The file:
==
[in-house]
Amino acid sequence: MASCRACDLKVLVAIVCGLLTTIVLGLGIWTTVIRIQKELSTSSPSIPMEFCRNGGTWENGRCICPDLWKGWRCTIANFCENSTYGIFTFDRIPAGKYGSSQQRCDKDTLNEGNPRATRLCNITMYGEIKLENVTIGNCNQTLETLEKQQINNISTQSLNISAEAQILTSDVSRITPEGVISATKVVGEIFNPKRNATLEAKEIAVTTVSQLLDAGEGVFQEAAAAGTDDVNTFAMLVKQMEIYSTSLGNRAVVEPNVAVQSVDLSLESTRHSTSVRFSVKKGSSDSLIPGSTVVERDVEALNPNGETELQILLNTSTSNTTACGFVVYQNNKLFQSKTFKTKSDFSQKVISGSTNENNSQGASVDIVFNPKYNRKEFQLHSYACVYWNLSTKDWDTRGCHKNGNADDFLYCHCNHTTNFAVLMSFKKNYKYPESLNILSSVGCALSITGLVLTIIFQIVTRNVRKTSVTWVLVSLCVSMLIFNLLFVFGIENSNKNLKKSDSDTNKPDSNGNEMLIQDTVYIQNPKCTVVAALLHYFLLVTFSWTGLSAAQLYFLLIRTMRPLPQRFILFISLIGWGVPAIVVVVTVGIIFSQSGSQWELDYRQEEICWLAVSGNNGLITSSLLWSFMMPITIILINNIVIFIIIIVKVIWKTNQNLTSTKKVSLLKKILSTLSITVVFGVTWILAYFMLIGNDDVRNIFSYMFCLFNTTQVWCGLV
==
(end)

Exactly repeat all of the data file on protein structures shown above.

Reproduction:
[in-house]
Amino acid sequence: MASCRACDLKVLVAIVCGLLTTIVLGLGIWTTVIRIQKELSTSSPSIPMEFCRNGGTWENGRCICPDLWKGWRCTIANFCENSTYGIFTFDRIPAGKYGSSQQRCDKDTLNEGNPRATRLCNITMYGEIKLENVTIGNCNQTLETLEKQQINNISTQSLNISAEAQILTSDVSRITPEGVISATKVVGEIFNPKRNATLEAKEIAVTTVSQLLDAGEGVFQEAAAAGTDDVNTFAMLVKQMEIYSTSLGNRAVVEPNVAVQSVDLSLESTRHSTSVRFSVKKGSSDSLIPGSTVVERDVEALNPNGETELQILLNTSTSNTTACGFVVYQNNKLFQSKTFKTKSDFSQKVISGSTNENNSQGASVDIVFNPKYNRKEFQLHSYACVYWNLSTKDWDTRGCHKNGNADDFLYCHCNHTTNFAVLMSFKKNYKYPESLNILSSVGCALSITGLVLTIIFQIVTRNVRKTSVTWVLVSLCVSMLIFNLLFVFGIENSNKNLKKSDSDTNKPDSNGNEMLIQDTVYIQNPKCTVVAALLHYFLLVTFSWTGLSAAQLYFLLIRTMRPLPQRFILFISLIGWGVPAIVVVVTVGIIFSQSGSQWELDYRQEEICWLAVSGNNGLITSSLLWSFMMPITIILINNIVIFIIIIVKVIWKTNQNLTSTKKVSLLKKILSTLSITVVFGVTWILAYFMLIGNDDVRNIFSYMFCLFNTTQVWCGLV